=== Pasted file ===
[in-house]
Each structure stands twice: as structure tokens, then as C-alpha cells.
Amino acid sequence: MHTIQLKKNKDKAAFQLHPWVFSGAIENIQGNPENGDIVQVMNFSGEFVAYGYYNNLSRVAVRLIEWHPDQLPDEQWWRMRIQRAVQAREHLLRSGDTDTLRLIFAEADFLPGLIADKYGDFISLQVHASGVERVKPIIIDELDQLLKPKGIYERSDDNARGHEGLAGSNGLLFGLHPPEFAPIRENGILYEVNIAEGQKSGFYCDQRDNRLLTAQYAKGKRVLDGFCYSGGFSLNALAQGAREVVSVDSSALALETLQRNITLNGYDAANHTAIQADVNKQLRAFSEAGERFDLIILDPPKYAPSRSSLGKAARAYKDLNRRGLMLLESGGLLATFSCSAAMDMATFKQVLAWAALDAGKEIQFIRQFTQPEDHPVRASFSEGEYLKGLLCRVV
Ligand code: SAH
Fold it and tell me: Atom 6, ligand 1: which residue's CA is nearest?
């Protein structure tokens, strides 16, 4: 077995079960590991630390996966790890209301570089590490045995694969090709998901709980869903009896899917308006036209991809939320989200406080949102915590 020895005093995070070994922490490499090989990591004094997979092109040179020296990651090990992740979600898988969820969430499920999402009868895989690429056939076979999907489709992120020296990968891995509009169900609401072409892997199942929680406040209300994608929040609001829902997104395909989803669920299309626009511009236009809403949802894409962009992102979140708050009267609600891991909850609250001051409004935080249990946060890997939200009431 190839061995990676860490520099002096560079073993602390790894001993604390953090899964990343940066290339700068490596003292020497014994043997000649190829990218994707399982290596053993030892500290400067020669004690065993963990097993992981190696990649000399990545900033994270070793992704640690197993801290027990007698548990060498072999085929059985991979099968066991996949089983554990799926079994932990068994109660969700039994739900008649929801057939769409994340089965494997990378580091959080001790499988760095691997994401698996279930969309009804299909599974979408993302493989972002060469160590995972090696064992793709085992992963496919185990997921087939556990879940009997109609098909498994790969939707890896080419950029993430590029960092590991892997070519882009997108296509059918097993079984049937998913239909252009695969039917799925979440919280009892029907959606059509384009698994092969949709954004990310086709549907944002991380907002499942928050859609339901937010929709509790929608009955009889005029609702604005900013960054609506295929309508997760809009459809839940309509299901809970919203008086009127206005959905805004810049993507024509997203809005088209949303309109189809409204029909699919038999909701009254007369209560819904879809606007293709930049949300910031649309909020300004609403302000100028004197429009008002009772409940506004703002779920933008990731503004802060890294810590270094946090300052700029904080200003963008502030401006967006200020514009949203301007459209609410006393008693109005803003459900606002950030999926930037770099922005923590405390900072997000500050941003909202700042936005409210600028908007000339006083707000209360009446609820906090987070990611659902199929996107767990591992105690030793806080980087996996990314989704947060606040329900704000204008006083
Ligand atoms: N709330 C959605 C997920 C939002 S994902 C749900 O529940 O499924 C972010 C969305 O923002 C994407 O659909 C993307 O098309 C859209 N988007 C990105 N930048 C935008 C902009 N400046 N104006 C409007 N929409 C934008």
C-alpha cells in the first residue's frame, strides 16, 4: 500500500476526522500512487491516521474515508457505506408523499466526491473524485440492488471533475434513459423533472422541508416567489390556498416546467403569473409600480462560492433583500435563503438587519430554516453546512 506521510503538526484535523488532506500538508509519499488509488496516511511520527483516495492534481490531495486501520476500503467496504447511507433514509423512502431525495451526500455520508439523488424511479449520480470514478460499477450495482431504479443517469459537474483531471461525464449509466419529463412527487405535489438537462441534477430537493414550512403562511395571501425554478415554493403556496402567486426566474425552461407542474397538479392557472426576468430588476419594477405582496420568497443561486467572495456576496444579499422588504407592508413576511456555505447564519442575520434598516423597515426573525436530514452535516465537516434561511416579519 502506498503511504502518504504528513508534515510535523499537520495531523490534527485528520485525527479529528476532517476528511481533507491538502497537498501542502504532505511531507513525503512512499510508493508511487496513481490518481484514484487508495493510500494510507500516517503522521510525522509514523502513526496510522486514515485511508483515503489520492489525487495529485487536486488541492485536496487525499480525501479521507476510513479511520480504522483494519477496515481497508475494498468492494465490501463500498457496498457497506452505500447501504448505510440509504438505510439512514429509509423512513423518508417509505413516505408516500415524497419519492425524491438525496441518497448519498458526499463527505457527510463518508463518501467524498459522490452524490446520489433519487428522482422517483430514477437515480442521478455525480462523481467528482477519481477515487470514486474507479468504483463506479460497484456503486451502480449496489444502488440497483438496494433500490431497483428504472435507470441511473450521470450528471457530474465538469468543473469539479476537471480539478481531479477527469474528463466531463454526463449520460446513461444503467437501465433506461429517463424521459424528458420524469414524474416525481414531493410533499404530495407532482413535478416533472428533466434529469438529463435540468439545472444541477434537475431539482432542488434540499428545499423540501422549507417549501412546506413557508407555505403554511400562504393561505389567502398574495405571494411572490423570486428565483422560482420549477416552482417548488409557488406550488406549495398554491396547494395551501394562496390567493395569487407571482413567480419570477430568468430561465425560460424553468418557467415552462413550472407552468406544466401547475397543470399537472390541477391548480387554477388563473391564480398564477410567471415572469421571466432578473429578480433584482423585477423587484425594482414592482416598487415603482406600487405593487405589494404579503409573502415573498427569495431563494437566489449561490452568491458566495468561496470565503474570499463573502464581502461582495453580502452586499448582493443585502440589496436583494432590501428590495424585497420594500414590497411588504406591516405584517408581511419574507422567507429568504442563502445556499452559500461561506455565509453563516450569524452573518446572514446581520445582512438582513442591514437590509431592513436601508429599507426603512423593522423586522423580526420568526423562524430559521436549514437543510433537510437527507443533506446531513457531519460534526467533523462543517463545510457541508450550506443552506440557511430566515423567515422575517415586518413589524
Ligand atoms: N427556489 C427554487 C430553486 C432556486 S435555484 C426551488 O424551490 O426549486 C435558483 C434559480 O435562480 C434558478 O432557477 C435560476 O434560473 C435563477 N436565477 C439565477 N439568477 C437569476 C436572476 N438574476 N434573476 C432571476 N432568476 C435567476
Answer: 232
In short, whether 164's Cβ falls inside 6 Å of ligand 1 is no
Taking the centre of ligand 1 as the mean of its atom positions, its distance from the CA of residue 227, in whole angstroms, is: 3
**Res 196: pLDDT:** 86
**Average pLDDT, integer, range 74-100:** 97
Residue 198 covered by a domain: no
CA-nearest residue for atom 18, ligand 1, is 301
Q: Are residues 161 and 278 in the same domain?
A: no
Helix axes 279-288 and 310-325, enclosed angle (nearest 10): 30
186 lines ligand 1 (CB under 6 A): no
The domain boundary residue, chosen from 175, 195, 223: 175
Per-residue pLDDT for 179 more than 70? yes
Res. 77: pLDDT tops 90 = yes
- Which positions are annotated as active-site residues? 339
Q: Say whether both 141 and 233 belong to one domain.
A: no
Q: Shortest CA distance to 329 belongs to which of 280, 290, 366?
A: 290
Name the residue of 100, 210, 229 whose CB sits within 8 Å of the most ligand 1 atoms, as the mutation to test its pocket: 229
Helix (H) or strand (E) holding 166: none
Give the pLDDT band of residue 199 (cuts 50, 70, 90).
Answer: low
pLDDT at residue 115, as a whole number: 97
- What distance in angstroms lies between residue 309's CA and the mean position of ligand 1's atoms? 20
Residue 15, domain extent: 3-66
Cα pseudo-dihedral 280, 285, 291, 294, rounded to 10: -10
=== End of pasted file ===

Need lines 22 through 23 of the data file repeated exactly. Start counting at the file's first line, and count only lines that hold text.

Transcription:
Per-residue pLDDT for 179 more than 70? yes
Res. 77: pLDDT tops 90 = yes